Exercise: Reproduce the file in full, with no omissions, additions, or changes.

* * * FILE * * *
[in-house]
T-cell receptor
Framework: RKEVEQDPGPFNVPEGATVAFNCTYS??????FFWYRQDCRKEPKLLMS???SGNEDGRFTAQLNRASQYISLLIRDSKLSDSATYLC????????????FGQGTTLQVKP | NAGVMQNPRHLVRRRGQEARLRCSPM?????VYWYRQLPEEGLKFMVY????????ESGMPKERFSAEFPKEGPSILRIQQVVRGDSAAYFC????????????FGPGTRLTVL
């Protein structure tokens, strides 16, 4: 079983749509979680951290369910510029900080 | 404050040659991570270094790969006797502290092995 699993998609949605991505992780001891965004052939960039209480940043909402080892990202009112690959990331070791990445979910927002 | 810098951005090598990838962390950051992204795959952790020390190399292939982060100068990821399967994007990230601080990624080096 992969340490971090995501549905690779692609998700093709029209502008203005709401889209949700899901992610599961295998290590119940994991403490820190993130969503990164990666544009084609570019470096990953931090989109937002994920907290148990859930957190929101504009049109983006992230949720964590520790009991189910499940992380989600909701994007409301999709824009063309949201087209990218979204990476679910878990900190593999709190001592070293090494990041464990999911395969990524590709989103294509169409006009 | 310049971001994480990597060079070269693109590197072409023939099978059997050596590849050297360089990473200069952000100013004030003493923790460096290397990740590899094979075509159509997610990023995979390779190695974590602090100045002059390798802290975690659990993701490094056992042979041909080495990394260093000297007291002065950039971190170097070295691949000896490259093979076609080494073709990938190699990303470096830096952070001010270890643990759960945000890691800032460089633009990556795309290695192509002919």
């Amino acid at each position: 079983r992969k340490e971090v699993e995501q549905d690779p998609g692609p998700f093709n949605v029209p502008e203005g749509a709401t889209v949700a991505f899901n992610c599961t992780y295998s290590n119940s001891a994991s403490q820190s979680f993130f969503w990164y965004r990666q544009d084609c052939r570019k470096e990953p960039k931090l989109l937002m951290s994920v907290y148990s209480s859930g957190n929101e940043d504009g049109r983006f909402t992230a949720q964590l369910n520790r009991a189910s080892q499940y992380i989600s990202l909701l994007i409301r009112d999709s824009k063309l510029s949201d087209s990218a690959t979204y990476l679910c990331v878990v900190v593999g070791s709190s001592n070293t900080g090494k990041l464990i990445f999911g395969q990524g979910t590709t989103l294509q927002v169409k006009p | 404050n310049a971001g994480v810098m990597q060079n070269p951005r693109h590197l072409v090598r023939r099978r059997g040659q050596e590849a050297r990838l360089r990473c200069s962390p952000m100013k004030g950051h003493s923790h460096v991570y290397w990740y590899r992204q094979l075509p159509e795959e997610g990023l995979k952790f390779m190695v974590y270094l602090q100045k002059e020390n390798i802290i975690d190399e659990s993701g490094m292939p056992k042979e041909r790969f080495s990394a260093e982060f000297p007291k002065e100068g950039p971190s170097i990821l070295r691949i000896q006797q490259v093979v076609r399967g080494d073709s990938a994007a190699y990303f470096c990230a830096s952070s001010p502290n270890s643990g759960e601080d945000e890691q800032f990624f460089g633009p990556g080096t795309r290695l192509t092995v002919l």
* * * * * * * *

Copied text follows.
[in-house]
T-cell receptor
Framework: RKEVEQDPGPFNVPEGATVAFNCTYS??????FFWYRQDCRKEPKLLMS???SGNEDGRFTAQLNRASQYISLLIRDSKLSDSATYLC????????????FGQGTTLQVKP | NAGVMQNPRHLVRRRGQEARLRCSPM?????VYWYRQLPEEGLKFMVY????????ESGMPKERFSAEFPKEGPSILRIQQVVRGDSAAYFC????????????FGPGTRLTVL
């Protein structure tokens, strides 16, 4: 079983749509979680951290369910510029900080 | 404050040659991570270094790969006797502290092995 699993998609949605991505992780001891965004052939960039209480940043909402080892990202009112690959990331070791990445979910927002 | 810098951005090598990838962390950051992204795959952790020390190399292939982060100068990821399967994007990230601080990624080096 992969340490971090995501549905690779692609998700093709029209502008203005709401889209949700899901992610599961295998290590119940994991403490820190993130969503990164990666544009084609570019470096990953931090989109937002994920907290148990859930957190929101504009049109983006992230949720964590520790009991189910499940992380989600909701994007409301999709824009063309949201087209990218979204990476679910878990900190593999709190001592070293090494990041464990999911395969990524590709989103294509169409006009 | 310049971001994480990597060079070269693109590197072409023939099978059997050596590849050297360089990473200069952000100013004030003493923790460096290397990740590899094979075509159509997610990023995979390779190695974590602090100045002059390798802290975690659990993701490094056992042979041909080495990394260093000297007291002065950039971190170097070295691949000896490259093979076609080494073709990938190699990303470096830096952070001010270890643990759960945000890691800032460089633009990556795309290695192509002919």
């Amino acid at each position: 079983r992969k340490e971090v699993e995501q549905d690779p998609g692609p998700f093709n949605v029209p502008e203005g749509a709401t889209v949700a991505f899901n992610c599961t992780y295998s290590n119940s001891a994991s403490q820190s979680f993130f969503w990164y965004r990666q544009d084609c052939r570019k470096e990953p960039k931090l989109l937002m951290s994920v907290y148990s209480s859930g957190n929101e940043d504009g049109r983006f909402t992230a949720q964590l369910n520790r009991a189910s080892q499940y992380i989600s990202l909701l994007i409301r009112d999709s824009k063309l510029s949201d087209s990218a690959t979204y990476l679910c990331v878990v900190v593999g070791s709190s001592n070293t900080g090494k990041l464990i990445f999911g395969q990524g979910t590709t989103l294509q927002v169409k006009p | 404050n310049a971001g994480v810098m990597q060079n070269p951005r693109h590197l072409v090598r023939r099978r059997g040659q050596e590849a050297r990838l360089r990473c200069s962390p952000m100013k004030g950051h003493s923790h460096v991570y290397w990740y590899r992204q094979l075509p159509e795959e997610g990023l995979k952790f390779m190695v974590y270094l602090q100045k002059e020390n390798i802290i975690d190399e659990s993701g490094m292939p056992k042979e041909r790969f080495s990394a260093e982060f000297p007291k002065e100068g950039p971190s170097i990821l070295r691949i000896q006797q490259v093979v076609r399967g080494d073709s990938a994007a190699y990303f470096c990230a830096s952070s001010p502290n270890s643990g759960e601080d945000e890691q800032f990624f460089g633009p990556g080096t795309r290695l192509t092995v002919l």